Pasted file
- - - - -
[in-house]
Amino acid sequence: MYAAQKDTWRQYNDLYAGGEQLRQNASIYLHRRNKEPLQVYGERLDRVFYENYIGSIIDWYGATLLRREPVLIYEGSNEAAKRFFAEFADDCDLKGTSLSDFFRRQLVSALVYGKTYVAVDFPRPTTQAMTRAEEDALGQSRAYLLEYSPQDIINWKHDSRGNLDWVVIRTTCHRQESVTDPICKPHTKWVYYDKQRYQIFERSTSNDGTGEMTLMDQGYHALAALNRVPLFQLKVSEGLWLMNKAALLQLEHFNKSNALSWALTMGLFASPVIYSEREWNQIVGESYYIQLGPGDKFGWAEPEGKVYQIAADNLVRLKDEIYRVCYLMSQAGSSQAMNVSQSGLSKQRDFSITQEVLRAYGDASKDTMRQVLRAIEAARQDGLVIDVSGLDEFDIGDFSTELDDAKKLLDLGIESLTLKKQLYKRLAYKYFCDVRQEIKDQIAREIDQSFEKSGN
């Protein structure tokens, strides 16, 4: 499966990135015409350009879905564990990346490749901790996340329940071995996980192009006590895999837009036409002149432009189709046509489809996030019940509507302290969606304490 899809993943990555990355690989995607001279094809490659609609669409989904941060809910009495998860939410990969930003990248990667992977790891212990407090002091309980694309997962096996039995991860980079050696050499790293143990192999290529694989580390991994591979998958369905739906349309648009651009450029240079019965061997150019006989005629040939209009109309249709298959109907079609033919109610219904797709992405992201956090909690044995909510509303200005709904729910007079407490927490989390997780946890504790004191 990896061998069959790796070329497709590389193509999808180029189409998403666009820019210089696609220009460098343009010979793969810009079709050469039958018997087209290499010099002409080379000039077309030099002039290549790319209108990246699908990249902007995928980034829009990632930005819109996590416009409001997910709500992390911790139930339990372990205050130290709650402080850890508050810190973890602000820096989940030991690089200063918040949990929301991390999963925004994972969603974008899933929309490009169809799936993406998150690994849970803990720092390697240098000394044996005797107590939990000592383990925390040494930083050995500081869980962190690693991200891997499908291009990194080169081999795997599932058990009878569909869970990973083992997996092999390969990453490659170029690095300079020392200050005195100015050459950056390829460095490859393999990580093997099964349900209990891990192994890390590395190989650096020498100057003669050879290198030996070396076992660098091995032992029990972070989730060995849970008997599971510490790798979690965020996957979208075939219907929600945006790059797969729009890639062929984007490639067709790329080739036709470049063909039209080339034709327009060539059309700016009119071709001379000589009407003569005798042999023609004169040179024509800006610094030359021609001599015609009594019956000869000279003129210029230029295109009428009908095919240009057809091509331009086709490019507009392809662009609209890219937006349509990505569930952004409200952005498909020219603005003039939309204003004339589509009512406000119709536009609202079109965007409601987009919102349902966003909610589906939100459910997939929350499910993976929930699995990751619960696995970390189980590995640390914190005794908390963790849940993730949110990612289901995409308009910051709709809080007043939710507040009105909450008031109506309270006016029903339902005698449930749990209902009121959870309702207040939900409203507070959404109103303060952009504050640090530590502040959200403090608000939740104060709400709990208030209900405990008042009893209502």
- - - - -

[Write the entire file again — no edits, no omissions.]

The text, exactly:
[in-house]
Amino acid sequence: MYAAQKDTWRQYNDLYAGGEQLRQNASIYLHRRNKEPLQVYGERLDRVFYENYIGSIIDWYGATLLRREPVLIYEGSNEAAKRFFAEFADDCDLKGTSLSDFFRRQLVSALVYGKTYVAVDFPRPTTQAMTRAEEDALGQSRAYLLEYSPQDIINWKHDSRGNLDWVVIRTTCHRQESVTDPICKPHTKWVYYDKQRYQIFERSTSNDGTGEMTLMDQGYHALAALNRVPLFQLKVSEGLWLMNKAALLQLEHFNKSNALSWALTMGLFASPVIYSEREWNQIVGESYYIQLGPGDKFGWAEPEGKVYQIAADNLVRLKDEIYRVCYLMSQAGSSQAMNVSQSGLSKQRDFSITQEVLRAYGDASKDTMRQVLRAIEAARQDGLVIDVSGLDEFDIGDFSTELDDAKKLLDLGIESLTLKKQLYKRLAYKYFCDVRQEIKDQIAREIDQSFEKSGN
């Protein structure tokens, strides 16, 4: 499966990135015409350009879905564990990346490749901790996340329940071995996980192009006590895999837009036409002149432009189709046509489809996030019940509507302290969606304490 899809993943990555990355690989995607001279094809490659609609669409989904941060809910009495998860939410990969930003990248990667992977790891212990407090002091309980694309997962096996039995991860980079050696050499790293143990192999290529694989580390991994591979998958369905739906349309648009651009450029240079019965061997150019006989005629040939209009109309249709298959109907079609033919109610219904797709992405992201956090909690044995909510509303200005709904729910007079407490927490989390997780946890504790004191 990896061998069959790796070329497709590389193509999808180029189409998403666009820019210089696609220009460098343009010979793969810009079709050469039958018997087209290499010099002409080379000039077309030099002039290549790319209108990246699908990249902007995928980034829009990632930005819109996590416009409001997910709500992390911790139930339990372990205050130290709650402080850890508050810190973890602000820096989940030991690089200063918040949990929301991390999963925004994972969603974008899933929309490009169809799936993406998150690994849970803990720092390697240098000394044996005797107590939990000592383990925390040494930083050995500081869980962190690693991200891997499908291009990194080169081999795997599932058990009878569909869970990973083992997996092999390969990453490659170029690095300079020392200050005195100015050459950056390829460095490859393999990580093997099964349900209990891990192994890390590395190989650096020498100057003669050879290198030996070396076992660098091995032992029990972070989730060995849970008997599971510490790798979690965020996957979208075939219907929600945006790059797969729009890639062929984007490639067709790329080739036709470049063909039209080339034709327009060539059309700016009119071709001379000589009407003569005798042999023609004169040179024509800006610094030359021609001599015609009594019956000869000279003129210029230029295109009428009908095919240009057809091509331009086709490019507009392809662009609209890219937006349509990505569930952004409200952005498909020219603005003039939309204003004339589509009512406000119709536009609202079109965007409601987009919102349902966003909610589906939100459910997939929350499910993976929930699995990751619960696995970390189980590995640390914190005794908390963790849940993730949110990612289901995409308009910051709709809080007043939710507040009105909450008031109506309270006016029903339902005698449930749990209902009121959870309702207040939900409203507070959404109103303060952009504050640090530590502040959200403090608000939740104060709400709990208030209900405990008042009893209502």